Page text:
• JUDY WOODRUFF:

    But through all of that, until today, he maintained the confidence of the president. The president still said very favorable things about him in accepting his resignation. Why did the president stick with him for so long?

  • JULIET EILPERIN:

    The two men had a personal rapport, something that Mr. Pruitt cultivated over time.

    He really — you know, usually, the EPA administrator is not one of the most influential Cabinet members, but Mr. Pruitt was quite skillful in terms of reaching out to the president, carrying through with many of the policy items he wanted, but also just spending time with him.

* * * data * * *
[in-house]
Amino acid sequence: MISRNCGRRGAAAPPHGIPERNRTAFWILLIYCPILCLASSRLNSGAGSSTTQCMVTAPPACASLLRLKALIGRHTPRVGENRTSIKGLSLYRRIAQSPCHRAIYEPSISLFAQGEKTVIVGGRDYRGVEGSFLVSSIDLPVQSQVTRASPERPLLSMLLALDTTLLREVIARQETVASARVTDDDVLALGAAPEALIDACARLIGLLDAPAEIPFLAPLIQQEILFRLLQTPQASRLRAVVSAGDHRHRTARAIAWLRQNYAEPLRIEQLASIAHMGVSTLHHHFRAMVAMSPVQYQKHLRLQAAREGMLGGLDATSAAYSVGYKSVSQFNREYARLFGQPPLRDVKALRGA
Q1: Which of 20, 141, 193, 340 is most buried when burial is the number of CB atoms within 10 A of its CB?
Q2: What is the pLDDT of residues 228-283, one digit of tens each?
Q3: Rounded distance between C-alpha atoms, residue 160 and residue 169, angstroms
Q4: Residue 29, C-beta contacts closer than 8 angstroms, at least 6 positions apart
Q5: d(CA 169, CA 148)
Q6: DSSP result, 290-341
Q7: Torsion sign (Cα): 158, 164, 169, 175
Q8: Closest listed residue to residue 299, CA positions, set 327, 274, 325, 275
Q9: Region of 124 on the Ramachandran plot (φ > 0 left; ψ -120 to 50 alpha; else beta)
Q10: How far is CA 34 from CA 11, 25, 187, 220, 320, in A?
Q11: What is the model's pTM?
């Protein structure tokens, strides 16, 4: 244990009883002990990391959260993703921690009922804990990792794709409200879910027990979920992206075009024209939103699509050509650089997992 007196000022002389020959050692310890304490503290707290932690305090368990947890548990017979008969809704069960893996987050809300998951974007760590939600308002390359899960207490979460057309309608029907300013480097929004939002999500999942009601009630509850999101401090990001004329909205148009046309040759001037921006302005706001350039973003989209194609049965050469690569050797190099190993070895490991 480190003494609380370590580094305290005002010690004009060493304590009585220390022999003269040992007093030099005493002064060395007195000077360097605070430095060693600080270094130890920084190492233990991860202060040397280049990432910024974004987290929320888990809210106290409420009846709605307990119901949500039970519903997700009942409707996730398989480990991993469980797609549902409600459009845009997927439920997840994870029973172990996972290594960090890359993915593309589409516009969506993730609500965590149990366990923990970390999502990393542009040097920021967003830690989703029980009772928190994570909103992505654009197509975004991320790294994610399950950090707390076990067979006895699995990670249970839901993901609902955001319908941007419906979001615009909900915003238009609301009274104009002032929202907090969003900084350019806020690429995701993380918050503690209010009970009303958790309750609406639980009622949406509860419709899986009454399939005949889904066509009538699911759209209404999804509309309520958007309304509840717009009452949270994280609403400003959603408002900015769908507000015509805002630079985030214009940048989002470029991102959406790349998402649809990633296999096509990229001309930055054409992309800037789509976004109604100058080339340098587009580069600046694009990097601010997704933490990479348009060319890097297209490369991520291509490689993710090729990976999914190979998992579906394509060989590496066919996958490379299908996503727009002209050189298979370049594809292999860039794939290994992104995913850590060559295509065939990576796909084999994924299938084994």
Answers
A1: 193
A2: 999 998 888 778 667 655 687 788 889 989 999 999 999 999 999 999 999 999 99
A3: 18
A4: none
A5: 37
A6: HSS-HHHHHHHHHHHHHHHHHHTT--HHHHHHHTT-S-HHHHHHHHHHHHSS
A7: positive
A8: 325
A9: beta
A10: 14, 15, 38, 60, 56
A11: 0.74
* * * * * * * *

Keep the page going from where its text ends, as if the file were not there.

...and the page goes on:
He would eat frequently in the White House mess so that he could swing by the Oval Office periodically. He commiserated with President Trump about staffers who leaked and the problems in the media and the Russia investigation and how that was unfair.

    So the fact is that the two, they actually hit it off when they first met and when President Trump decided that he should be his EPA administrator. And over time, that tie deepened, which is what really sustained him until today.

  • JUDY WOODRUFF:

    So, when all is said and done, Juliet, what of his — the work that he did is long-lasting? What is his legacy? What portion of it may be up to be changed because it's being challenged in court?

  • JULIET EILPERIN:

    Well, you have identified the key question, which is that Mr. Pruitt as EPA administrator set in motion a series of policy rollbacks on everything including, you know, a slew of climate policies enacted by the Obama administration, as well as other things having to do with how — you know, what happens with regulation of water bodies and other air pollution and pesticides and you name it.